The optics of imprisoning a Black man for a crime committed by a white man are chilling. But that’s exactly what happened earlier this year in Nevada. Police stopped Shane Lee Brown, a 25-year-old Black man, for a routine traffic violation. Brown couldn’t produce his license, so police ran his name. The name “Shane Brown” was associated with a felony warrant. But unbeknownst to the police, the Shane Brown facing firearms charges was 49 years old and white. The 25-year-old Brown was arrested, and spent six days in jail.
This is not an isolated case. The Transportation Security Administration stopped a California woman traveling to Mexico. Bethany Farber spent 13 days in a Los Angeles jail on charges of criminal mischief. These charges had actually been levied against a woman named Bethany Farber living in Texas, a state the first Bethany Farber had never even visited.
The human costs of these arrests is apparent. What may be less so is the cost to taxpayers. Brown is suing two Nevada police departments for upwards of $500,000. Farber is suing the Los Angeles Police Department for civil right violations, wrongful arrest, and negligence. When plaintiffs prevail in lawsuits against the government, taxpayers typically foot the bill.
A better way
Accurate, precise name matching is vital to anti-fraud efforts, government intelligence, law enforcement, and other activities. The Rosette text analytics platform leverages machine learning and artificial intelligence to ease name matching processes. Available on premises or in the cloud, it quickly coalesces identities, employing information beyond names — ages, addresses, and places of birth among them — to distinguish one “Joseph White” from another “Joseph White.” Conversely, it examines name variations, misspellings, nicknames, initials, titles, and language differences to determine that “Joseph White” and ““Giuseppe Bianchi” may be the same person. These capabilities keep companies from the fines, lawsuits, and reputational damage that arise from imprecise name matching.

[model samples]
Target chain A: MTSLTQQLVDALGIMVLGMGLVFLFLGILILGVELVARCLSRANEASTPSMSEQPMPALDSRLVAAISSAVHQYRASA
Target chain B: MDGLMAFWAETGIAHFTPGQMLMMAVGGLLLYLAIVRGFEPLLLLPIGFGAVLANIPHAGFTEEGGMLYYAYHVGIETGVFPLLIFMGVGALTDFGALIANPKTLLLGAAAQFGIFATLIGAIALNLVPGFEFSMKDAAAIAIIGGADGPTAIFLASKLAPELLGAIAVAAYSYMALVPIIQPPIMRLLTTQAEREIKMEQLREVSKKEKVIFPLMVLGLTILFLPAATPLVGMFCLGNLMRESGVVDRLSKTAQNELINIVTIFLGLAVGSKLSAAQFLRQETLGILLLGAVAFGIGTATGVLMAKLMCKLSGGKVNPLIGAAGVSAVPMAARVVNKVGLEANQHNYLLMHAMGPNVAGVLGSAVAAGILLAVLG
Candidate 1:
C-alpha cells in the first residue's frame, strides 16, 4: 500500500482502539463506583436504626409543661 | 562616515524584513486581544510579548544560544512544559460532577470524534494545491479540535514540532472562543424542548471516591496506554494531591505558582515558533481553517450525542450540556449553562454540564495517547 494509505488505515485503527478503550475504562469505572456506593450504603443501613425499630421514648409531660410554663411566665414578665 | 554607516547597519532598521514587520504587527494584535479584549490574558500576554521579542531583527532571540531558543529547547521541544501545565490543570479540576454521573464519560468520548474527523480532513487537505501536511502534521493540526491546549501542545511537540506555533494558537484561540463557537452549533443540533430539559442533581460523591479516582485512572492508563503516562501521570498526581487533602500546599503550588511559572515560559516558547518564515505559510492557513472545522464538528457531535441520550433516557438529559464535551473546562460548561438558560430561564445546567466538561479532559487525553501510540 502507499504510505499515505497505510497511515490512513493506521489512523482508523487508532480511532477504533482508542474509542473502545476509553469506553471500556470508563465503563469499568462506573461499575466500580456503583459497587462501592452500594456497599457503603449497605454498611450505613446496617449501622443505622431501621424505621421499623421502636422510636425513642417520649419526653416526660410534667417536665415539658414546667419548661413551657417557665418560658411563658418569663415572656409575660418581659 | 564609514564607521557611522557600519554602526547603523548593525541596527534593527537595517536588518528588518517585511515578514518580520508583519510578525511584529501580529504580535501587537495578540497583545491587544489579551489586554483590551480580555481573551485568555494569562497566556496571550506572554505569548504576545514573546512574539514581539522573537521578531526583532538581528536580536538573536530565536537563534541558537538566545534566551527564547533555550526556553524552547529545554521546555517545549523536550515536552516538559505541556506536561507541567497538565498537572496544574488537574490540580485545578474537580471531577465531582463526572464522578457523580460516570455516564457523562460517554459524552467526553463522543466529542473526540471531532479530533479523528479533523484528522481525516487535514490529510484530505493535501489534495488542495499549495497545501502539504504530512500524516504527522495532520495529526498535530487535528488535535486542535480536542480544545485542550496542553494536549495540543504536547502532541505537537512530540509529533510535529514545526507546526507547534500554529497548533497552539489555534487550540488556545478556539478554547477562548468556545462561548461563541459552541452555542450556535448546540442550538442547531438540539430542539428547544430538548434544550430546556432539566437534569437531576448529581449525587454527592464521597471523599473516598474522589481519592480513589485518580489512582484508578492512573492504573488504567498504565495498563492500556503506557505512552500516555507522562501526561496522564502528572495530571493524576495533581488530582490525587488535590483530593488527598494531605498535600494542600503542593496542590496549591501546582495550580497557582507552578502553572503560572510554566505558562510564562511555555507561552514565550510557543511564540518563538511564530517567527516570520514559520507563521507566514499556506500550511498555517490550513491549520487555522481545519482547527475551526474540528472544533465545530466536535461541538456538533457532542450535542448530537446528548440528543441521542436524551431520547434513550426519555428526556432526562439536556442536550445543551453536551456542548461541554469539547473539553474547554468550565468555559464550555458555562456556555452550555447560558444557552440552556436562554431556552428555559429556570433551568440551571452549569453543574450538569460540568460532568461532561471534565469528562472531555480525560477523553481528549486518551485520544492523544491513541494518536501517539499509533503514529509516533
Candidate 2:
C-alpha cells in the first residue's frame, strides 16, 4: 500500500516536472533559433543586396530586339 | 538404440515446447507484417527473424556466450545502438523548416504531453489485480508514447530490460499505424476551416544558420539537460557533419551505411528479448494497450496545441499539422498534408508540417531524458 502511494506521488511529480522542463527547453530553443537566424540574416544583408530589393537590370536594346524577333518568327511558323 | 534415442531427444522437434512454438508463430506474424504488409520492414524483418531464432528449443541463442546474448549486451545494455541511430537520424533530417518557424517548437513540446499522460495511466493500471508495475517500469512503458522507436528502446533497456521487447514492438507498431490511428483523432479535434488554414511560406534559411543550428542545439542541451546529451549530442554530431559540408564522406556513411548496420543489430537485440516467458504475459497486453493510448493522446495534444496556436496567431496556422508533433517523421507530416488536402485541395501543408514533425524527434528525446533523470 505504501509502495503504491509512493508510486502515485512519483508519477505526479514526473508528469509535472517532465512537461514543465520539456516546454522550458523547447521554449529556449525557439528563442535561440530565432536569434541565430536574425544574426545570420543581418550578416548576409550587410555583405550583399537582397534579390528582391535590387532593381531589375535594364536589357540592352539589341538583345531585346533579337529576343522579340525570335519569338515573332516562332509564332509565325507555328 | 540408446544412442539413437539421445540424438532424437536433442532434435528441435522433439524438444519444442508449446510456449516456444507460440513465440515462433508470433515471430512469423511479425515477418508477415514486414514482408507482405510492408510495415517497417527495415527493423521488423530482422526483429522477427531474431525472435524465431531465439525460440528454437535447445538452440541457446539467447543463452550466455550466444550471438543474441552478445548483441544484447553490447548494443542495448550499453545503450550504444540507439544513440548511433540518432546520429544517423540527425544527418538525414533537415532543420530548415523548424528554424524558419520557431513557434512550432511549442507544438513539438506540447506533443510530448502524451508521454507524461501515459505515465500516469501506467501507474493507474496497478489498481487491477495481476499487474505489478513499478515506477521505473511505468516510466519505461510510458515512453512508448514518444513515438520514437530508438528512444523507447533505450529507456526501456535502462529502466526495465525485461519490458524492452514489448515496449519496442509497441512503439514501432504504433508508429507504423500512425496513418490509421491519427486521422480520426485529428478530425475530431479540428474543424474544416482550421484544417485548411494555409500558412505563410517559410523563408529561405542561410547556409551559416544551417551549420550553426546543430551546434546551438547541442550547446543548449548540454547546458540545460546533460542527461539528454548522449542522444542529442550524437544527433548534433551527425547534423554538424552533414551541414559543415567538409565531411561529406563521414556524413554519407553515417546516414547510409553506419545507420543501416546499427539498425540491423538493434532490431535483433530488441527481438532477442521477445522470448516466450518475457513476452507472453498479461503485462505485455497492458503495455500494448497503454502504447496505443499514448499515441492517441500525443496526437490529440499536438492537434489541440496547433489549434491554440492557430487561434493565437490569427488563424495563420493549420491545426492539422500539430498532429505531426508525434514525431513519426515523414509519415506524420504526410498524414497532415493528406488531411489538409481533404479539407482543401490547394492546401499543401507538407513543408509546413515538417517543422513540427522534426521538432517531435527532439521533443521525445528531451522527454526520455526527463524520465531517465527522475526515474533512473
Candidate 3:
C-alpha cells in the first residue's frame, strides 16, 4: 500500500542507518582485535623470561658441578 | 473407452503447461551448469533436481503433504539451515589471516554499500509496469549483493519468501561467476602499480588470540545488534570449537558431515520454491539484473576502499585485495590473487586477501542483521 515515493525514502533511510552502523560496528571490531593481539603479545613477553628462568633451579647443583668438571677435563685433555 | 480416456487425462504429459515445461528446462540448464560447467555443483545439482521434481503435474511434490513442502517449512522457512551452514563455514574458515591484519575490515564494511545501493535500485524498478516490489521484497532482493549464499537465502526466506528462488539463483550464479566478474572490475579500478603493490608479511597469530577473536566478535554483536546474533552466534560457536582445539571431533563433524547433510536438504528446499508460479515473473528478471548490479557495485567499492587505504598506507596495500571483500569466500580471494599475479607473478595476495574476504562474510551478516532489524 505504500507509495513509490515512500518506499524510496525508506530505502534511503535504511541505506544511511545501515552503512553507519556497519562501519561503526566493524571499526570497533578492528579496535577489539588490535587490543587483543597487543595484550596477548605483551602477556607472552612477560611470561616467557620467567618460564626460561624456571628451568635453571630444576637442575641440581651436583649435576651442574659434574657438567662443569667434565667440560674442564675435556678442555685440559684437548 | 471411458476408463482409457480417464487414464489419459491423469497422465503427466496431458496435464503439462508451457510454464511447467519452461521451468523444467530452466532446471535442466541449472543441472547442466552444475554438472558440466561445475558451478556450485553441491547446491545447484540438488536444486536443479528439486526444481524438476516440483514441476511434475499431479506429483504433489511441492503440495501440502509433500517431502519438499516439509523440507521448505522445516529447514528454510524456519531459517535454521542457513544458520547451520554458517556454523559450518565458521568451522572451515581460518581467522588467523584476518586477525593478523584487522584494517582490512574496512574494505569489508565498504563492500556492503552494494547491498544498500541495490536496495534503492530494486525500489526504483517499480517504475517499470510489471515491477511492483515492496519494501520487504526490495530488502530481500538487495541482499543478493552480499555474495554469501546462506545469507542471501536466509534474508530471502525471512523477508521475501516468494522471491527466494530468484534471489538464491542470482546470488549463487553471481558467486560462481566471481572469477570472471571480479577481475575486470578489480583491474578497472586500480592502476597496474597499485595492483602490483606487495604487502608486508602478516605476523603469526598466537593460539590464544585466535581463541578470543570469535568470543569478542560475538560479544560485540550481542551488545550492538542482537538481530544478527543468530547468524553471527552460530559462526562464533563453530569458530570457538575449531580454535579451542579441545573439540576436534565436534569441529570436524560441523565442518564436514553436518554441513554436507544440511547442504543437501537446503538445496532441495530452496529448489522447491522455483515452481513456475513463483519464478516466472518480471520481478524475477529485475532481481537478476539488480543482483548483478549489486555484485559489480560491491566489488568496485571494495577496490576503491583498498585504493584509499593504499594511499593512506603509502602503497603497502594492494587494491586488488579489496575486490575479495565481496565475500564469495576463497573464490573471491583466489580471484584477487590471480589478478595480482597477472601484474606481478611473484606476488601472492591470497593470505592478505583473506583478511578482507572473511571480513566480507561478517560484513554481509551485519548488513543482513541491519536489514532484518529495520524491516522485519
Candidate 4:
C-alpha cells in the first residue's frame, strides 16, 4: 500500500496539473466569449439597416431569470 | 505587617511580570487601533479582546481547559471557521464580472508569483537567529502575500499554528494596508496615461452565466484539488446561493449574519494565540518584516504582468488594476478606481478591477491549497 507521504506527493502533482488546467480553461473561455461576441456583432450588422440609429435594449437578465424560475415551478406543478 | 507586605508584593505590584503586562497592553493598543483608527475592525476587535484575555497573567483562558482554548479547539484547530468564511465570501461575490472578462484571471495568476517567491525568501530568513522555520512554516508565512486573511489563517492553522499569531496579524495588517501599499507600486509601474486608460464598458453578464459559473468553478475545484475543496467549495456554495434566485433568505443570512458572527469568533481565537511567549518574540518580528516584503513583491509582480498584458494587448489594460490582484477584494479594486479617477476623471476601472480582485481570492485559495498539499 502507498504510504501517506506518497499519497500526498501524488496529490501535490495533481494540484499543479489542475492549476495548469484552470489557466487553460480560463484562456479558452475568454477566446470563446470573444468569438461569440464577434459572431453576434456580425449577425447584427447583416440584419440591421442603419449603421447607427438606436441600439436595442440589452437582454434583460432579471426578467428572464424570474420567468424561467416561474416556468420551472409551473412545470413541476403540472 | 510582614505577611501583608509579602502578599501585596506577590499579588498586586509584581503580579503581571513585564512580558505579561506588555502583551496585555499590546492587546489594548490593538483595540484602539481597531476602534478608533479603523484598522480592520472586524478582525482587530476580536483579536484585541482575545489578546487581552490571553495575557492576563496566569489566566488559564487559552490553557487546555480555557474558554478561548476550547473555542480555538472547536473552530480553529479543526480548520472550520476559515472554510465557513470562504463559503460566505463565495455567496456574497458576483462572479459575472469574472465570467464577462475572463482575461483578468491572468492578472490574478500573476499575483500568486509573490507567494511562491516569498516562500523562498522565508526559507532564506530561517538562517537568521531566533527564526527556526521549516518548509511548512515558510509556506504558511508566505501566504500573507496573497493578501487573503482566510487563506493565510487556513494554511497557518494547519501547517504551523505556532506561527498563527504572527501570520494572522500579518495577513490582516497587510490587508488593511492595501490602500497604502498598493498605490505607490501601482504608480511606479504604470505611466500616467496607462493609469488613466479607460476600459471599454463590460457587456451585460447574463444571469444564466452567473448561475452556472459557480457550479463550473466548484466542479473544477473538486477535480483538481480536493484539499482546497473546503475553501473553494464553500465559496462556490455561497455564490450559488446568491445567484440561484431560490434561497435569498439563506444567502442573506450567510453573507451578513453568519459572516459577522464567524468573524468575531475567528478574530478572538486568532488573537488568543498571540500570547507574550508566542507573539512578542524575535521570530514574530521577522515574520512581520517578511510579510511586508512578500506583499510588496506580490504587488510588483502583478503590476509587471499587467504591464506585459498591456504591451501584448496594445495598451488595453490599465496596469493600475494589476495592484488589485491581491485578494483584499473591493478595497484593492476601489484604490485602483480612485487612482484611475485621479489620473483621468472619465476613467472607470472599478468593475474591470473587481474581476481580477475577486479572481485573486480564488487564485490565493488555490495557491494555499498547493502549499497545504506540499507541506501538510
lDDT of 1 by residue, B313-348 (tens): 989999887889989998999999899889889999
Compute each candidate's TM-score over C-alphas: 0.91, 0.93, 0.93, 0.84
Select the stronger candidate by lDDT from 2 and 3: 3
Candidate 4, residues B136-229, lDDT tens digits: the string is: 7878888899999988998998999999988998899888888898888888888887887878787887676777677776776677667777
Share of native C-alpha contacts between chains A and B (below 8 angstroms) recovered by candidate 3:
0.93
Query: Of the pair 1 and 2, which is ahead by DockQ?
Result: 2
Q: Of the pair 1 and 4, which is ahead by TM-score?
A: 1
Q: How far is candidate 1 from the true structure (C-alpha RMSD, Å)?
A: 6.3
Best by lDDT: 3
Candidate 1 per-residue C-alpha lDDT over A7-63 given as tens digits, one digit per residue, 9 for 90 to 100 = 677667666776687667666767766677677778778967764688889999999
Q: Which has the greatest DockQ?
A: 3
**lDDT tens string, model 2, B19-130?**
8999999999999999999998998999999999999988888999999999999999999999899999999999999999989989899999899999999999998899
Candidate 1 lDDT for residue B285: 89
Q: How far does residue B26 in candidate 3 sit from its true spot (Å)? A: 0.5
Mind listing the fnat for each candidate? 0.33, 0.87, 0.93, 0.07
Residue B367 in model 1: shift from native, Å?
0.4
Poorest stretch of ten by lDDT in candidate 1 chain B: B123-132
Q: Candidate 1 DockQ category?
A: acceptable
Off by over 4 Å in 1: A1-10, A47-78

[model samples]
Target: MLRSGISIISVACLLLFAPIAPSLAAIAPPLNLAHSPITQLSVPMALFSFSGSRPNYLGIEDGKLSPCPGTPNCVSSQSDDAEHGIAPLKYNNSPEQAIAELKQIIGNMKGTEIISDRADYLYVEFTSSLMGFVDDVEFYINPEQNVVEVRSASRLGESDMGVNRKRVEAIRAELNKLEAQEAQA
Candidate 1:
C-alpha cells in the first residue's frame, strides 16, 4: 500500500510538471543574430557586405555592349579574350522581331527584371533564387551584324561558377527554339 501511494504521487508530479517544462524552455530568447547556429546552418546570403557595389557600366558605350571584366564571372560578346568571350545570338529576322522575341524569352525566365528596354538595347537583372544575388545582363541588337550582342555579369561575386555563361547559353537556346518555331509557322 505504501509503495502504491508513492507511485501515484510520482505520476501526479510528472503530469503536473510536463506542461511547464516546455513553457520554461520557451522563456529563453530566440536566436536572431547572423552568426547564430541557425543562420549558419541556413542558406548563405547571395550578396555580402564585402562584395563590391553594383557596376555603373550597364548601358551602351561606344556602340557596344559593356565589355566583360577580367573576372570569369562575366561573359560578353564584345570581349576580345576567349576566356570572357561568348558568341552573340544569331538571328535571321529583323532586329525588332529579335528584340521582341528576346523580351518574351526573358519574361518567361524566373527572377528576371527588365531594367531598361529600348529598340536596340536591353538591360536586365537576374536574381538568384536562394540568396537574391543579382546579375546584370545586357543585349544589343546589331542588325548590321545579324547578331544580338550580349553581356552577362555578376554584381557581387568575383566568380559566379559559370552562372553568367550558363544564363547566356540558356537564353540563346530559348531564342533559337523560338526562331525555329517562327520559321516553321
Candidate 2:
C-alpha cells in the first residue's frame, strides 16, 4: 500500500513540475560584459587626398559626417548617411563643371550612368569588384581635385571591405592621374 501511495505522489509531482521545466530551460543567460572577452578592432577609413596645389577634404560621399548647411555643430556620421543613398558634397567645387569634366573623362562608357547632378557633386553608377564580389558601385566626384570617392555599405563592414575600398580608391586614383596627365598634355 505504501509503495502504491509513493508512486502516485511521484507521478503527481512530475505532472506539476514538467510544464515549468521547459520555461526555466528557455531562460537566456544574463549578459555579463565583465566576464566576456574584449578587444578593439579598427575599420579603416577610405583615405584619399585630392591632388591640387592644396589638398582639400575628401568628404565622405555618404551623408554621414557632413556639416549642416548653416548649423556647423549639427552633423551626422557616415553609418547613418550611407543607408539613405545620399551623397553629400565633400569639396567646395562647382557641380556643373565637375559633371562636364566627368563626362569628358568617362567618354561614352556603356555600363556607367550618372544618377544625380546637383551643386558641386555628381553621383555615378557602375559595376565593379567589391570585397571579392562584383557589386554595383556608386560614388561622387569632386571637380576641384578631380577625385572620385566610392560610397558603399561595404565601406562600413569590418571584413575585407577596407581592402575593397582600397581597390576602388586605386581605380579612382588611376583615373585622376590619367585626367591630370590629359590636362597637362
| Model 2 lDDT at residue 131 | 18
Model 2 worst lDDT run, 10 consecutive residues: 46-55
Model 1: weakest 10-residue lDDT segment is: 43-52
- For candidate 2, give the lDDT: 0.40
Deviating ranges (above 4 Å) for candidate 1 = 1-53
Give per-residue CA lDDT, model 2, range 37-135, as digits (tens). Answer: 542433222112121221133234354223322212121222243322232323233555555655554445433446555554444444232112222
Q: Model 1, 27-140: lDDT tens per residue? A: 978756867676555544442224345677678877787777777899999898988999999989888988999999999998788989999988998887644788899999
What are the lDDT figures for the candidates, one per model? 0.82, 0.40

Start improving name matching today. Read more about Rosette.
 https://www.huffpost.com/entry/man-named-taylor-swift_n_563d1408e4b0411d307118c1#. “This guy’s name is Taylor Swift, and it kinda sucks for him.” 2015 ↩
 https://home.treasury.gov/policy-issues/financial-sanctions/recent-actions/20181005 “Settlement Agreement between the U.S. Department of the Treasury’s Office of Foreign Assets Control and JPMorgan Chase Bank, N.A. (JPMC), and finding of violation issued to JPMC.” 2018 ↩
 https://www.reuters.com/business/finance/us-treasury-dept-says-settlement-reached-over-td-banks-sanctions-violations-2021-12-23/ “U.S. Treasury Dept says settlement reached over TD Bank’s sanctions violation.” 2021 ↩
 https://www.reuters.com/business/us-reaches-settlement-with-airbnb-over-cuba-sanctions-violations-2022-01-03/ “U.S. reaches settlement with Airbnb over Cuba sanctions violations.” 2022 ↩
 https://www.jdsupra.com/legalnews/the-mighty-amazon-falls-to-the-ofac-42446/ “The mighty Amazon falls to the OFAC sanctions sword.” 2020 ↩
 https://www.fedweek.com/federal-managers-daily-report/audit-finds-range-of-problems-leading-to-improper-payments-at-va/ “Audit finds range of problems leading to improper payments at VA.” 2022 ↩
 https://www.cnn.com/2022/01/27/us/nevada-man-jailed-misidentified-lawsuit/index.html “A black man was misidentified, arrested, and held for 6 days in place of a white felon twice his age.” 2022 ↩
 https://www.cnn.com/2022/02/23/us/california-woman-jailed-mistaken-same-name-lawsuit/index.html “A California woman spent 13 days in jail after being mistaken for another person with the same name, according to a lawsuit against the City of LA.” 2022 ↩